We all know about the deep connection between comedy and tragedy, but I have never heard it spelled out so clearly as in W. C. Fields's pronouncement about his good friend Bert Williams -- that he was "the funniest man I ever saw, and the saddest man I ever knew." Charlie Chaplin, a symbol of childlike playfulness on the screen, sometimes did dozens of takes for one of the hilarious and seemingly spontaneous little scenes he created. He drove his fellow actors and the rest of the crew mad with his obsessive perfectionism. Those delightful scenes were born of compulsive misery. And, of course, there is Judy Garland, whose brilliant smile lit up the screen and made her one of the most popular entertainers of our time. We now know that she was desperately unhappy behind that smile, and tried many times to commit suicide. Radiant movie stars who have died essentially of unhappiness are not rarities.

From Atlantic Unbound:

Books & Authors: "Darker Than We Want to Know" (January 8, 1998)
In an Atlantic Unbound interview, Seymour Hersh responds to critics of The Dark Side of Camelot, and suggests why the truth about John F. Kennedy hurts so much.

Related link:

"They Don't Know Jack," by Jeff Shesol (December 10, 1997)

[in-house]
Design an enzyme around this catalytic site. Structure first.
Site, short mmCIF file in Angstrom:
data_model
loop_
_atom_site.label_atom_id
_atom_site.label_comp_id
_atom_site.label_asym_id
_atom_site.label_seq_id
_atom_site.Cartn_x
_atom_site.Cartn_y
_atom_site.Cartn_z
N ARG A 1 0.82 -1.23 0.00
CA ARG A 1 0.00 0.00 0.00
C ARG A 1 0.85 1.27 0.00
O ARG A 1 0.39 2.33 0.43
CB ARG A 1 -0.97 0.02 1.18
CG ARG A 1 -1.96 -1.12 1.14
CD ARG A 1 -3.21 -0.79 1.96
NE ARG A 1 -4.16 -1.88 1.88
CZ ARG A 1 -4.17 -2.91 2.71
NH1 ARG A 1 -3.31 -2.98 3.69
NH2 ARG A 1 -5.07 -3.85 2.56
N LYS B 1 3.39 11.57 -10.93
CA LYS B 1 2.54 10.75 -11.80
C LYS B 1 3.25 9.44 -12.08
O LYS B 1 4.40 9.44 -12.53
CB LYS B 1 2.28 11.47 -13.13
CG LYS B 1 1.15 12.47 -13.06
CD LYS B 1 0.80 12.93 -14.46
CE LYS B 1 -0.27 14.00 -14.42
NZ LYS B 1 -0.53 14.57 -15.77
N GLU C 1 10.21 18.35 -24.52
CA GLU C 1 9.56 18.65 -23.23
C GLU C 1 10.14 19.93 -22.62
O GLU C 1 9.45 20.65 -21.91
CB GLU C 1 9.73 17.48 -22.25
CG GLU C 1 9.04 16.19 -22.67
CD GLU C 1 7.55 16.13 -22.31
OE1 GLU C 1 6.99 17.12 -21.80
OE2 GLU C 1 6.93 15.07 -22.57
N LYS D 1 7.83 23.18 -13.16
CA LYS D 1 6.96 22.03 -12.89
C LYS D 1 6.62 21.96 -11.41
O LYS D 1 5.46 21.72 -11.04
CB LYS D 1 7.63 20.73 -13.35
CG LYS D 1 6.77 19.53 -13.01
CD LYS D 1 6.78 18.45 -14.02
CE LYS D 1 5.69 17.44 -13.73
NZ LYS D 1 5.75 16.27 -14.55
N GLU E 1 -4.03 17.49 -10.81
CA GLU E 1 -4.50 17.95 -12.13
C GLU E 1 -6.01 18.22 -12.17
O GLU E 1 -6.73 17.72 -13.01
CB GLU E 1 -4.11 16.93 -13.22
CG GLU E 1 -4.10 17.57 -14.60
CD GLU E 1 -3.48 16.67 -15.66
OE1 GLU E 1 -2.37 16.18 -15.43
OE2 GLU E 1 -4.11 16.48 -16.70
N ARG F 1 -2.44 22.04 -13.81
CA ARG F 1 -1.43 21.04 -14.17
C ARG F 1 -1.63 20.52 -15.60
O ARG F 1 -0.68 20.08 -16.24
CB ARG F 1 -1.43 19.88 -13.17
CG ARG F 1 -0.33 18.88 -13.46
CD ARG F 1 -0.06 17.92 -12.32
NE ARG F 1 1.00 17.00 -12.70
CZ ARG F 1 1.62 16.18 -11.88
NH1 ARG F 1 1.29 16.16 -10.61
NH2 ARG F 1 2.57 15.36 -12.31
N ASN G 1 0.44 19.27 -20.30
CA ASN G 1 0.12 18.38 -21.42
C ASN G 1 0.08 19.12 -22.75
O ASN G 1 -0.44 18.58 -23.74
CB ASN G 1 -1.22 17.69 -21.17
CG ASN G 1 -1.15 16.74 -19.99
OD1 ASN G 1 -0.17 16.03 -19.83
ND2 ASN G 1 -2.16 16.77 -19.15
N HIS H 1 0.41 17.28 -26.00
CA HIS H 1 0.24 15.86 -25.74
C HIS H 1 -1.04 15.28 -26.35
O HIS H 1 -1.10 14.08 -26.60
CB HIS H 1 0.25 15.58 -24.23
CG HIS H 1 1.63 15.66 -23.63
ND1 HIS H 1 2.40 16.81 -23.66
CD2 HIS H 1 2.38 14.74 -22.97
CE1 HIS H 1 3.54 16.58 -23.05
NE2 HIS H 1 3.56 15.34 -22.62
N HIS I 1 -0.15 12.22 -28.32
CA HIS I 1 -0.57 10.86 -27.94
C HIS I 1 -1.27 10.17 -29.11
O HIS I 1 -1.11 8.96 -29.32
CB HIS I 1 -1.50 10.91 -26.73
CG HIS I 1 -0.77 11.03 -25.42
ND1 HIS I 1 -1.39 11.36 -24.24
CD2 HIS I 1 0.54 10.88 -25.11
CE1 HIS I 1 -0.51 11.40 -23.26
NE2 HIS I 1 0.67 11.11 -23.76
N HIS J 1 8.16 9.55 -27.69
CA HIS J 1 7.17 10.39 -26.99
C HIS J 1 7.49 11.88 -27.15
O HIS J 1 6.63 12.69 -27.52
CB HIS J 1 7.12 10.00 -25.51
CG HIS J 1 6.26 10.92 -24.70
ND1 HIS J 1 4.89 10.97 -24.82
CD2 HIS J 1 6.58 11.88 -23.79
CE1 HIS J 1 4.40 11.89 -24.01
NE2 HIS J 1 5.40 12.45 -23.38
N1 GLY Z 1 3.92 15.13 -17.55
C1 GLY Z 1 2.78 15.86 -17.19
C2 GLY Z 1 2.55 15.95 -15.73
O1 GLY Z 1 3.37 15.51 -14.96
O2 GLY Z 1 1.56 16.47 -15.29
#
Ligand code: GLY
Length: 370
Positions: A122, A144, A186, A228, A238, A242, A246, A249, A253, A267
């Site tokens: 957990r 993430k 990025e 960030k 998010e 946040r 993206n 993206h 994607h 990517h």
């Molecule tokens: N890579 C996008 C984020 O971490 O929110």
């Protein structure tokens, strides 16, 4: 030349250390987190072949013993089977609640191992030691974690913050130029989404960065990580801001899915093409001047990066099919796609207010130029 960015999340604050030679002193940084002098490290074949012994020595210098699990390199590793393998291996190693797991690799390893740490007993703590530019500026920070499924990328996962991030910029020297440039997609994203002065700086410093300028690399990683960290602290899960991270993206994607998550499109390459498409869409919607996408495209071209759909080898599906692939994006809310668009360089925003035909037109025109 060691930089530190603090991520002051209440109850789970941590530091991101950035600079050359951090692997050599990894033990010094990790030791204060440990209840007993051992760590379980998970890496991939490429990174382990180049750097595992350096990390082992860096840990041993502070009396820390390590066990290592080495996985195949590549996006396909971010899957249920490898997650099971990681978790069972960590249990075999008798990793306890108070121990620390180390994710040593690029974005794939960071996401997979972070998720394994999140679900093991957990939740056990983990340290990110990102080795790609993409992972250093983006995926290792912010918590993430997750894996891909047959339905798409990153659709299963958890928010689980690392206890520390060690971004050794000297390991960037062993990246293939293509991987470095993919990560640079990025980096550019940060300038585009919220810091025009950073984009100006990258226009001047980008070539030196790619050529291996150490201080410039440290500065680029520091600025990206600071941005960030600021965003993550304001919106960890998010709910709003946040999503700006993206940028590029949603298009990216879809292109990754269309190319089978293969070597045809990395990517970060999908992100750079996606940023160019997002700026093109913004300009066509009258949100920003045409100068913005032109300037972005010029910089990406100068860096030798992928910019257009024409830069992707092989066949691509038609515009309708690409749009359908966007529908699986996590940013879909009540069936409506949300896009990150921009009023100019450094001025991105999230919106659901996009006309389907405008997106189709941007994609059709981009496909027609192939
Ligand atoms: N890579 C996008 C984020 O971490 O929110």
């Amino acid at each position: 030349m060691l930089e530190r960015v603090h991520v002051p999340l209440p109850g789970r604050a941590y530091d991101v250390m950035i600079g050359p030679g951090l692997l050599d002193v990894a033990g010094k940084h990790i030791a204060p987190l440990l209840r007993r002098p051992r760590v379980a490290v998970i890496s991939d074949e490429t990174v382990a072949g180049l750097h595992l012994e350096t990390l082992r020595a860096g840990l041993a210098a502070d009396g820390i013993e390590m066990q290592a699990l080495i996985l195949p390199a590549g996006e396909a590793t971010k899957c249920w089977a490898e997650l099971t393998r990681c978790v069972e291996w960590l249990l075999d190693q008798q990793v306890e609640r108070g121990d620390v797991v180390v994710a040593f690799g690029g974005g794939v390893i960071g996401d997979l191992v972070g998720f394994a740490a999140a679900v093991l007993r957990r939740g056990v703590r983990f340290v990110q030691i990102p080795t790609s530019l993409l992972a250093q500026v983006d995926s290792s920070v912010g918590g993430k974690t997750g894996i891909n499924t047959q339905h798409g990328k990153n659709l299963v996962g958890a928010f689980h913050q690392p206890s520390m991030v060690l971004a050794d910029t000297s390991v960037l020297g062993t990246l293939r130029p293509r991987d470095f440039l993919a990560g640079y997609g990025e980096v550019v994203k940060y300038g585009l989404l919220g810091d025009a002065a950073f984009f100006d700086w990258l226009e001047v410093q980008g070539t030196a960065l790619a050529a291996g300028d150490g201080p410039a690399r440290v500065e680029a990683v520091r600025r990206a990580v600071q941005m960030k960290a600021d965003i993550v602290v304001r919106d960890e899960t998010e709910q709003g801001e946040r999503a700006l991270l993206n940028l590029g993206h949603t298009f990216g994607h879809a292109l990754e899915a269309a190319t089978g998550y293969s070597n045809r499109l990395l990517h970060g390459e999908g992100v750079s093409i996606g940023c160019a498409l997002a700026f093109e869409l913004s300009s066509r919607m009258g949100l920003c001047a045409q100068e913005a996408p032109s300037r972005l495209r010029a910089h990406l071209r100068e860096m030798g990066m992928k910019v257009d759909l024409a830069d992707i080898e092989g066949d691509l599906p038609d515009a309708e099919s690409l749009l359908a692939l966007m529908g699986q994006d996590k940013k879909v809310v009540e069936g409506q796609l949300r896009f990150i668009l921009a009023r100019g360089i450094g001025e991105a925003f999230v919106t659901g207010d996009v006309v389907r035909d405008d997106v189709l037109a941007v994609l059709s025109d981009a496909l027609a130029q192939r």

What all the new books get wrong about Jack Kennedy. An article in Slate.

Everyone old enough to remember John Fitzgerald Kennedy can call up the vital image that was such an essential element of his charisma. But Kennedy was in truth a sickly man, whose health problems began at birth; Seymour M. Hersh writes in The Dark Side of Camelot(1997) that Kennedy had difficulty feeding as an infant and was often sick. At age two he was hospitalized with scarlet fever, and during the rest of his life there were few days when he wasn't in pain or seriously ill in some way.

How could our image of JFK have been so different from the reality? In some cases his infirmities actually gave him a heightened appearance of health: the cortisone he took to relieve his health problems is said to have swollen his thin, boyish face, making him look strong and robust; the tan that contributed to his appearance of well-being was actually owing to Addison's disease, in which the skin can bronze very deeply when exposed to sunlight. But there were also characterological reasons for Kennedy's powerful aura. Hersh writes,

Kennedy was not merely reluctant to complain about pain and his health but was psychologically unable to do so. "He was heartily ashamed" of his illnesses [an old friend of JFK's told a biographer]. "They were a mark of effeminacy, of weakness, which he wouldn't acknowledge. I think all that macho stuff was compensation -- all that chasing after women -- compensation for something that he hadn't got."
This strikes me as a real insight into the public image of a charismatic figure. Kennedy's public persona was constructed around the denial of shame: he considered his ill health a weakness and put on a show of exemplary good health. Laurence Olivier thought his face was weak, so he wore disguises that helped him to play some of the most compelling figures in the history of the theater. Shame, I have come to think, lies behind an exaggerated public image of strength, confidence, well-being, or benevolence. Great talent is often the vehicle for projecting such a larger-than-life image on the public screen.